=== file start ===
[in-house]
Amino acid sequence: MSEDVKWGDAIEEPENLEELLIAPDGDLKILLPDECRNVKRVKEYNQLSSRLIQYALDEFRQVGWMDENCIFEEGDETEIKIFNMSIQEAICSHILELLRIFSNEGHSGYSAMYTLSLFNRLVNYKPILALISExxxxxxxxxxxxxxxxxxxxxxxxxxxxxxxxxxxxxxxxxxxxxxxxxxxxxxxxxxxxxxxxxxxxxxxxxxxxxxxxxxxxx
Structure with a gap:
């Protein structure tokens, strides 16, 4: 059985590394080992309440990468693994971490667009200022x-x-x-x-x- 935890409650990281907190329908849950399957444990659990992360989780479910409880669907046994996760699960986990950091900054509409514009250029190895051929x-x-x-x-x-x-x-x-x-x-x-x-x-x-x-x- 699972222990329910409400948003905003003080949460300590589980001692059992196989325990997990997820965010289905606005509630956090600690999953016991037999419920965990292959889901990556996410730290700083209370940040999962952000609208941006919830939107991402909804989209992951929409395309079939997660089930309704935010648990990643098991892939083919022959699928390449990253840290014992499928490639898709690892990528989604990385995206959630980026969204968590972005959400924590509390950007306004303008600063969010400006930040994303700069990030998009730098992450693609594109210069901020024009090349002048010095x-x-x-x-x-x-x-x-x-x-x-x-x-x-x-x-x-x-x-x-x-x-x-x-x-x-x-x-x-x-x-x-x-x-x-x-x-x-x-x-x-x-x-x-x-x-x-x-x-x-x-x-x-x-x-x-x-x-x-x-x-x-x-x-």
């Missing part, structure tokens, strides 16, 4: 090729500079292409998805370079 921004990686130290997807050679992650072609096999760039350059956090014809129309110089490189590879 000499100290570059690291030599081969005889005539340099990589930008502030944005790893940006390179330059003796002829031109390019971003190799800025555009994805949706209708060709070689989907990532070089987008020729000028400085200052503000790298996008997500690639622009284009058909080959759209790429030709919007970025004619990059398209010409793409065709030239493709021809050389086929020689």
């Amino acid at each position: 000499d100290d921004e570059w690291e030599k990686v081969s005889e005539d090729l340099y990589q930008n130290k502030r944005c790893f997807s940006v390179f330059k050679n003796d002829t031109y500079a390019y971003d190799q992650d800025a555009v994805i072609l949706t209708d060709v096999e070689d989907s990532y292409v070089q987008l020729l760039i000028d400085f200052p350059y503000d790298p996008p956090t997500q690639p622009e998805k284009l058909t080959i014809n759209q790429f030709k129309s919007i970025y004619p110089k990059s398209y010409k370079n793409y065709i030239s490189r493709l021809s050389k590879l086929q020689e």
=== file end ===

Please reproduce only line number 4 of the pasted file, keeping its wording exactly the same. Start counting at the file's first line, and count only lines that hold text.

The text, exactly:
């Protein structure tokens, strides 16, 4: 059985590394080992309440990468693994971490667009200022x-x-x-x-x- 935890409650990281907190329908849950399957444990659990992360989780479910409880669907046994996760699960986990950091900054509409514009250029190895051929x-x-x-x-x-x-x-x-x-x-x-x-x-x-x-x- 699972222990329910409400948003905003003080949460300590589980001692059992196989325990997990997820965010289905606005509630956090600690999953016991037999419920965990292959889901990556996410730290700083209370940040999962952000609208941006919830939107991402909804989209992951929409395309079939997660089930309704935010648990990643098991892939083919022959699928390449990253840290014992499928490639898709690892990528989604990385995206959630980026969204968590972005959400924590509390950007306004303008600063969010400006930040994303700069990030998009730098992450693609594109210069901020024009090349002048010095x-x-x-x-x-x-x-x-x-x-x-x-x-x-x-x-x-x-x-x-x-x-x-x-x-x-x-x-x-x-x-x-x-x-x-x-x-x-x-x-x-x-x-x-x-x-x-x-x-x-x-x-x-x-x-x-x-x-x-x-x-x-x-x-």